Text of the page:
His colleague wanted sales numbers. My client had already provided them in a folder on the internal server. The guy pretended like they weren’t there, but wouldn’t explain what exactly he needed or why. He just kept making the same incessant request for sales numbers.
So my client offered a genuine solution: “maybe we can schedule a 30-minute call later this week so you can explain to me exactly what you need and I can figure out how to get it for you.”
Anyone who does not respond positively to this offer is not serious about finding a solution. They may be trying to “be right” or “make a statement” even after they were proven wrong. Or maybe they are just being obstructionist.
But if you make a genuine attempt to resolve the impasse, and they don’t get on board, then at least you know where you stand.
When to End the Conversation
So you’ve listened and you understand their perspective. You’ve tried to offer a solution to the problem, but they aren’t interested.
Once you understand their perspective, and you still don’t agree or can’t work with them on this issue, then say something like:
- “We will have to agree to disagree on this.”
- “We aren’t going to come to an agreement on this right now. Let’s pick this up another time.”
And end the conversation.
There is no point in going back-and-forth, arguing over semantics or unproductive issues.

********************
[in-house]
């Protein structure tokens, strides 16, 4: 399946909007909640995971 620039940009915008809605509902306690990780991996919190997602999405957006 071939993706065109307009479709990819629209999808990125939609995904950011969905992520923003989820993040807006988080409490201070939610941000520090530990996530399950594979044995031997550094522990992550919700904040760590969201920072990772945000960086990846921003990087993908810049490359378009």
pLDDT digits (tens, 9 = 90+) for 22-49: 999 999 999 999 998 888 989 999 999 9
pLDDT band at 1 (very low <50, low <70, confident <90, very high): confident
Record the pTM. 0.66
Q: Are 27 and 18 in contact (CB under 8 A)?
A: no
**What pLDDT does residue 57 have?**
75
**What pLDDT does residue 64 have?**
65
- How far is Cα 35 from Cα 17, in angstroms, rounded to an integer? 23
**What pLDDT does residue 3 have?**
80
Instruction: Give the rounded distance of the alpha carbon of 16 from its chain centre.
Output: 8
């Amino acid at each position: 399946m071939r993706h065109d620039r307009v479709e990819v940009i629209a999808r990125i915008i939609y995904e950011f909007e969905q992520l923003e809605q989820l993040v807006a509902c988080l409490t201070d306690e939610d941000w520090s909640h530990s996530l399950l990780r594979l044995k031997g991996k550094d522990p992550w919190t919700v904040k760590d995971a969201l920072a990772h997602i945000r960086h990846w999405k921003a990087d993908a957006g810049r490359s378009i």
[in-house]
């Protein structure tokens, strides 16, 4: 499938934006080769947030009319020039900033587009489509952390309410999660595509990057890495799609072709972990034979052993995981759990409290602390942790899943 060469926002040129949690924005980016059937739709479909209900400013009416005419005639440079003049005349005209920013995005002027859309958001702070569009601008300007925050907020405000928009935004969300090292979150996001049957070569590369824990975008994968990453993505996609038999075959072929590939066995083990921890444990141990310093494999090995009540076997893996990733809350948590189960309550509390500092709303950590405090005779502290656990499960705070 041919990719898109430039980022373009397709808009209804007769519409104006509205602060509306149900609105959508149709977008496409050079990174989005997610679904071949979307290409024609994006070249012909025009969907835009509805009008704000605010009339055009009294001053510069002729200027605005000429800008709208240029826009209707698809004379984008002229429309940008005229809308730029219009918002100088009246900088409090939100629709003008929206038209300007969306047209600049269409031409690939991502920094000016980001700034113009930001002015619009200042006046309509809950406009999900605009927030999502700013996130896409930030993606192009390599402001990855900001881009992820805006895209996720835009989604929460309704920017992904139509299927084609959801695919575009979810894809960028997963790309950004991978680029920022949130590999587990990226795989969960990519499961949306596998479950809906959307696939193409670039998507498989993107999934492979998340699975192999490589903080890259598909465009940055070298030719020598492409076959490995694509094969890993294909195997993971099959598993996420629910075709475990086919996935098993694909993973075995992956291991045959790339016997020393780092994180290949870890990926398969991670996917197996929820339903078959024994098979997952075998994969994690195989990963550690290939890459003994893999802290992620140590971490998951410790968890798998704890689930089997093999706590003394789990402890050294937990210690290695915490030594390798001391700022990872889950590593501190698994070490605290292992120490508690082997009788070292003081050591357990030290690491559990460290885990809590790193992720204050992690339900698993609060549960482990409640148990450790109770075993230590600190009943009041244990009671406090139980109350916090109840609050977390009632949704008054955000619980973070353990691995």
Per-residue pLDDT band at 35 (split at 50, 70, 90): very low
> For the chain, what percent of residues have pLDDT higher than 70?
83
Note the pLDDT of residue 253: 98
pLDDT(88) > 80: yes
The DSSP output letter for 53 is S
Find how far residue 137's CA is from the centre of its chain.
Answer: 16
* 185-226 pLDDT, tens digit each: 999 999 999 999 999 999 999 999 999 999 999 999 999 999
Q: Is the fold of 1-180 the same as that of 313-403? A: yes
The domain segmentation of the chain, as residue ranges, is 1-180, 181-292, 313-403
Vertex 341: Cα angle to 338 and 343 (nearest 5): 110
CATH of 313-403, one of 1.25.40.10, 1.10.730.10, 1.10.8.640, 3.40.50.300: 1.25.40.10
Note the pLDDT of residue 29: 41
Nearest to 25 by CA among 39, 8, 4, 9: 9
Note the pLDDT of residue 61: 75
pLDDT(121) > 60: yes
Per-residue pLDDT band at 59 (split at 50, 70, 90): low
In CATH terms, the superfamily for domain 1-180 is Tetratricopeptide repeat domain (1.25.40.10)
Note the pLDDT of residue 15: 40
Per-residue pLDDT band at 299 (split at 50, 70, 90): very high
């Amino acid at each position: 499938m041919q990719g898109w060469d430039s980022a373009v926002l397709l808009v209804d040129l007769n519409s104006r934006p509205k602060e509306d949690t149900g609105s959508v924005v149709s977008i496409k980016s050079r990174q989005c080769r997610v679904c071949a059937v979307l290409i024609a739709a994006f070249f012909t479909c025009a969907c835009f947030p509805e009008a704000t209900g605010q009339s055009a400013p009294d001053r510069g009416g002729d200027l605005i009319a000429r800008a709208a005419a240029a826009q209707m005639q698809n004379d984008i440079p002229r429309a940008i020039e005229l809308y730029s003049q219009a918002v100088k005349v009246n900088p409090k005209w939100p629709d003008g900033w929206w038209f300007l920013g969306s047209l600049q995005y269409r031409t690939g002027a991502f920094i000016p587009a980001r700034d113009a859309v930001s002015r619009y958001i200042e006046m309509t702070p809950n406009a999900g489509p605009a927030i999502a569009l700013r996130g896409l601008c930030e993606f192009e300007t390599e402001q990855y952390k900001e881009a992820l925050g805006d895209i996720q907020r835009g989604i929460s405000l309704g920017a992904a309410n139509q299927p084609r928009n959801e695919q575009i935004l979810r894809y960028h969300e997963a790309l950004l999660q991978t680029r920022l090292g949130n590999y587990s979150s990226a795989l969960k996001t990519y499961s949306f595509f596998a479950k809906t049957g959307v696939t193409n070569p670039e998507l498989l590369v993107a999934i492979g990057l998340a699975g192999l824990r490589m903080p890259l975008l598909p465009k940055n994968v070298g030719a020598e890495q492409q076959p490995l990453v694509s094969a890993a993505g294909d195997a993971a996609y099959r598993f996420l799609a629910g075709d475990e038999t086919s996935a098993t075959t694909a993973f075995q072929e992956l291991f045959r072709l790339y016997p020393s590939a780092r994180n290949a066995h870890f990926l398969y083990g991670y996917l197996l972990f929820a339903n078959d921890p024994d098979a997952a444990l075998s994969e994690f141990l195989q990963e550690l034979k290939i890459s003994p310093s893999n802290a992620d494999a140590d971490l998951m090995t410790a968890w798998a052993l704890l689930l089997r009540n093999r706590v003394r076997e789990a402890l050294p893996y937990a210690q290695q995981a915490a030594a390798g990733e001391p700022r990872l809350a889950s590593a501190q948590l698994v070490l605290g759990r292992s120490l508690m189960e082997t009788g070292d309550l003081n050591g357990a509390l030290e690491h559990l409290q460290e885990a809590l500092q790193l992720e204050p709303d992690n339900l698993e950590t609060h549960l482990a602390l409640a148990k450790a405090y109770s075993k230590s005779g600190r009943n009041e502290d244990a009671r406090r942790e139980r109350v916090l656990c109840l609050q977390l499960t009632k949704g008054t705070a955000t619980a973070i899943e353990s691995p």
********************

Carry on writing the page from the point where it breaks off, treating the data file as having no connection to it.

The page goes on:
Recognize when a productive conversation is no longer possible, and politely excuse yourself.
Keep Your Eyes on the Prize
If you were walking slowly down the street and accidently stepped into a crack in the pavement, you might twist your ankle.
If you were riding a bike at high speed and went over the same crack, you would barely even feel it.
On the bike, the same obstacle has a smaller impact. Because you are moving faster, with greater momentum, and greater power, towards a destination that is farther away.
The same thing applies in your working life.
If you do not have a clear long-term goal that motivates and excites you, then you will be easily overwhelmed by day-to-day dramatics.
That goal might be to get promoted, to build a reputation in your industry, to achieve a certain title, or to beat your sales quota.
Keep your focus and attention on that long-term goal and suddenly your difficult colleagues won’t seem so difficult.